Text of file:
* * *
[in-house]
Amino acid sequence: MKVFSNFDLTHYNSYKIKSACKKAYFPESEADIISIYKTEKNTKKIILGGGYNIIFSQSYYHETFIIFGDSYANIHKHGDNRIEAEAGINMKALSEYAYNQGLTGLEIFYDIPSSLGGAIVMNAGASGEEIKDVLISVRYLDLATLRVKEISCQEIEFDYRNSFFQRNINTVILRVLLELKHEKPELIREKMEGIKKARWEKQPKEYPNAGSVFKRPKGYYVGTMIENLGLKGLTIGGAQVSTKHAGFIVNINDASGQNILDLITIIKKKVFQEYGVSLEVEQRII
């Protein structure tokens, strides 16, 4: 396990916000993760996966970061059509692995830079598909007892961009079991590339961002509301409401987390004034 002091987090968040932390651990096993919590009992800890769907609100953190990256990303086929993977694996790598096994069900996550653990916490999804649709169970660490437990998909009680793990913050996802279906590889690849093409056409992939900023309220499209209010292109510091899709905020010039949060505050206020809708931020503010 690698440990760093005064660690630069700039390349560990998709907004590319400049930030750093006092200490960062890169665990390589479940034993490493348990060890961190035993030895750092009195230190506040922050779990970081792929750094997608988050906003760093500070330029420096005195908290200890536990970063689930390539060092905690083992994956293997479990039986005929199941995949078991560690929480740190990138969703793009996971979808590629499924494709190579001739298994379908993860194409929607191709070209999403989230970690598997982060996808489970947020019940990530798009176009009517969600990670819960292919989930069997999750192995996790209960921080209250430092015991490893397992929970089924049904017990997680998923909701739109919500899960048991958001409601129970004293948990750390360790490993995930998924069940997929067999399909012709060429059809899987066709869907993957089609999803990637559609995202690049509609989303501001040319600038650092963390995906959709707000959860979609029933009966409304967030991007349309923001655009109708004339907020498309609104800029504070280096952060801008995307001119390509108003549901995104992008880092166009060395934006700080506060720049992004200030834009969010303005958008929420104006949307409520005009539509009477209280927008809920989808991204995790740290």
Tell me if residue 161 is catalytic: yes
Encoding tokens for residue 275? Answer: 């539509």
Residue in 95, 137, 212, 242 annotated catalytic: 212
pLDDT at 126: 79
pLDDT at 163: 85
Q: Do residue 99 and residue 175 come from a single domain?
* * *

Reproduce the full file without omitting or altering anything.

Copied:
[in-house]
Amino acid sequence: MKVFSNFDLTHYNSYKIKSACKKAYFPESEADIISIYKTEKNTKKIILGGGYNIIFSQSYYHETFIIFGDSYANIHKHGDNRIEAEAGINMKALSEYAYNQGLTGLEIFYDIPSSLGGAIVMNAGASGEEIKDVLISVRYLDLATLRVKEISCQEIEFDYRNSFFQRNINTVILRVLLELKHEKPELIREKMEGIKKARWEKQPKEYPNAGSVFKRPKGYYVGTMIENLGLKGLTIGGAQVSTKHAGFIVNINDASGQNILDLITIIKKKVFQEYGVSLEVEQRII
């Protein structure tokens, strides 16, 4: 396990916000993760996966970061059509692995830079598909007892961009079991590339961002509301409401987390004034 002091987090968040932390651990096993919590009992800890769907609100953190990256990303086929993977694996790598096994069900996550653990916490999804649709169970660490437990998909009680793990913050996802279906590889690849093409056409992939900023309220499209209010292109510091899709905020010039949060505050206020809708931020503010 690698440990760093005064660690630069700039390349560990998709907004590319400049930030750093006092200490960062890169665990390589479940034993490493348990060890961190035993030895750092009195230190506040922050779990970081792929750094997608988050906003760093500070330029420096005195908290200890536990970063689930390539060092905690083992994956293997479990039986005929199941995949078991560690929480740190990138969703793009996971979808590629499924494709190579001739298994379908993860194409929607191709070209999403989230970690598997982060996808489970947020019940990530798009176009009517969600990670819960292919989930069997999750192995996790209960921080209250430092015991490893397992929970089924049904017990997680998923909701739109919500899960048991958001409601129970004293948990750390360790490993995930998924069940997929067999399909012709060429059809899987066709869907993957089609999803990637559609995202690049509609989303501001040319600038650092963390995906959709707000959860979609029933009966409304967030991007349309923001655009109708004339907020498309609104800029504070280096952060801008995307001119390509108003549901995104992008880092166009060395934006700080506060720049992004200030834009969010303005958008929420104006949307409520005009539509009477209280927008809920989808991204995790740290």
Tell me if residue 161 is catalytic: yes
Encoding tokens for residue 275? Answer: 């539509």
Residue in 95, 137, 212, 242 annotated catalytic: 212
pLDDT at 126: 79
pLDDT at 163: 85
Q: Do residue 99 and residue 175 come from a single domain?